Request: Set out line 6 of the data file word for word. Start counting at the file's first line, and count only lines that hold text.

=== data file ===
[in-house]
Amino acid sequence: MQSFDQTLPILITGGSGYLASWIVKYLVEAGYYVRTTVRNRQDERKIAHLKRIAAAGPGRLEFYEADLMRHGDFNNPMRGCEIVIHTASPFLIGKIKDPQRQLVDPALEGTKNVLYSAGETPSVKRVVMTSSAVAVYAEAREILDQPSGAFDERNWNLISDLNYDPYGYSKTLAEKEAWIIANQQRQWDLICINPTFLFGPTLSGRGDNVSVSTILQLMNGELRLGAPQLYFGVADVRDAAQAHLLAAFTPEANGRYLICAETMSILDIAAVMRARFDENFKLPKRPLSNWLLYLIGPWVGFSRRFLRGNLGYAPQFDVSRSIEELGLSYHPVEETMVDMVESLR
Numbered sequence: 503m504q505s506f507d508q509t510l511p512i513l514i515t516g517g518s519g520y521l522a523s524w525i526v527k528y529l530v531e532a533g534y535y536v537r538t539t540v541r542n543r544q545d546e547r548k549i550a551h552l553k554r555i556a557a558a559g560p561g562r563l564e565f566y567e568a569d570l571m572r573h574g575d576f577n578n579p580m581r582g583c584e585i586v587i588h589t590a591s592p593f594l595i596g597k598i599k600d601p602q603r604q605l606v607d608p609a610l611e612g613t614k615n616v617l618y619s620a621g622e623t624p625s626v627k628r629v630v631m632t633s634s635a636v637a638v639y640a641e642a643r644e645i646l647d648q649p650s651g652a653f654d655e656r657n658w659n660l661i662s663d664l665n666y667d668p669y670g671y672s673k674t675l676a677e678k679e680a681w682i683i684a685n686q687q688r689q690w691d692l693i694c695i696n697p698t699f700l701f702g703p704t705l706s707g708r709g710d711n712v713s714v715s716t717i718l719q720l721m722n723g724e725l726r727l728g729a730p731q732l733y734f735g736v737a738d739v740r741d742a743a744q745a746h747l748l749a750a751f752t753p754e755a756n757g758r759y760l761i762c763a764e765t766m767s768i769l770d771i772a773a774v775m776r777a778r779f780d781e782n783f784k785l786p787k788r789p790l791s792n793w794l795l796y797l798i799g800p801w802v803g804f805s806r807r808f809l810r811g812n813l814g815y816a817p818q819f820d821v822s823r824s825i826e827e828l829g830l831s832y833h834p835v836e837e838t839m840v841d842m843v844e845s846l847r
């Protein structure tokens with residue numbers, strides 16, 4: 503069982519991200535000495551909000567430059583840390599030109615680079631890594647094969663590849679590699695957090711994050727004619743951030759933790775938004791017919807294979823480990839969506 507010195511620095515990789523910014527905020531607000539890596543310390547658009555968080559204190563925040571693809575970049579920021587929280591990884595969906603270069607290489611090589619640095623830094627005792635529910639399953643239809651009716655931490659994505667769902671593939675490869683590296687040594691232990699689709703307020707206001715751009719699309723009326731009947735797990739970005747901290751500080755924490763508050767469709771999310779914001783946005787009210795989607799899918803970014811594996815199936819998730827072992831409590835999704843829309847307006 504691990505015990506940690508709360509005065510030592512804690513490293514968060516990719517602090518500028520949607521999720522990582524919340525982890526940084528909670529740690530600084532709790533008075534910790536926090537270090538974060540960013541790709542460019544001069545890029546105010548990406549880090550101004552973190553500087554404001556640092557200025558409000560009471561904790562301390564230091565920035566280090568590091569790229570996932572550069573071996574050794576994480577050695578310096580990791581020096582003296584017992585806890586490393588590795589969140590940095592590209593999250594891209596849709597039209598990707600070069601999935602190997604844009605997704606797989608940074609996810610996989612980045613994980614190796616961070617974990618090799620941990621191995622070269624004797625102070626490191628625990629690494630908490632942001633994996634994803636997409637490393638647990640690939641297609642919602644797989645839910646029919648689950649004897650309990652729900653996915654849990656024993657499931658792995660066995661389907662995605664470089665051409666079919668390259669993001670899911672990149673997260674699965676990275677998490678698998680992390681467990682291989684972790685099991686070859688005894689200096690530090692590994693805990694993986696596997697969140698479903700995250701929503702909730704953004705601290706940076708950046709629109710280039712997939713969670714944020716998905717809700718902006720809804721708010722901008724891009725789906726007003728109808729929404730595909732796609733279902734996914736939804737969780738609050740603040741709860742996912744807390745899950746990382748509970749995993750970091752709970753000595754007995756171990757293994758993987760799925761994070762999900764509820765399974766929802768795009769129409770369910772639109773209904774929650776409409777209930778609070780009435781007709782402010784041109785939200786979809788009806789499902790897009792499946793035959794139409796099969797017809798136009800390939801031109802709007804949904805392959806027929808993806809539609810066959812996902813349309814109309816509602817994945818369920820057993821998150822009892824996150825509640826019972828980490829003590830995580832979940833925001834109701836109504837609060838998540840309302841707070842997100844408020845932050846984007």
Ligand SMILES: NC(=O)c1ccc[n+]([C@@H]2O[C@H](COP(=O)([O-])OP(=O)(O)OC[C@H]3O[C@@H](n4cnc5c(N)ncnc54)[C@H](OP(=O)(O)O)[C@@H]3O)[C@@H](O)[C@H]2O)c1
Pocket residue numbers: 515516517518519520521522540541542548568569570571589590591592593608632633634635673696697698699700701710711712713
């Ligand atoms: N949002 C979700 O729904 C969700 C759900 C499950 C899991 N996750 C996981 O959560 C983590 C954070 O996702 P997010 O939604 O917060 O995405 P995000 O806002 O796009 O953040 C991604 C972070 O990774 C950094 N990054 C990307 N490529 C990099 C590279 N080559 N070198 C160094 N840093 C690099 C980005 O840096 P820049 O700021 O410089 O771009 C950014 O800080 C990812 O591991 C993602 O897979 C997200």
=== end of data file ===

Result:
Pocket residue numbers: 515516517518519520521522540541542548568569570571589590591592593608632633634635673696697698699700701710711712713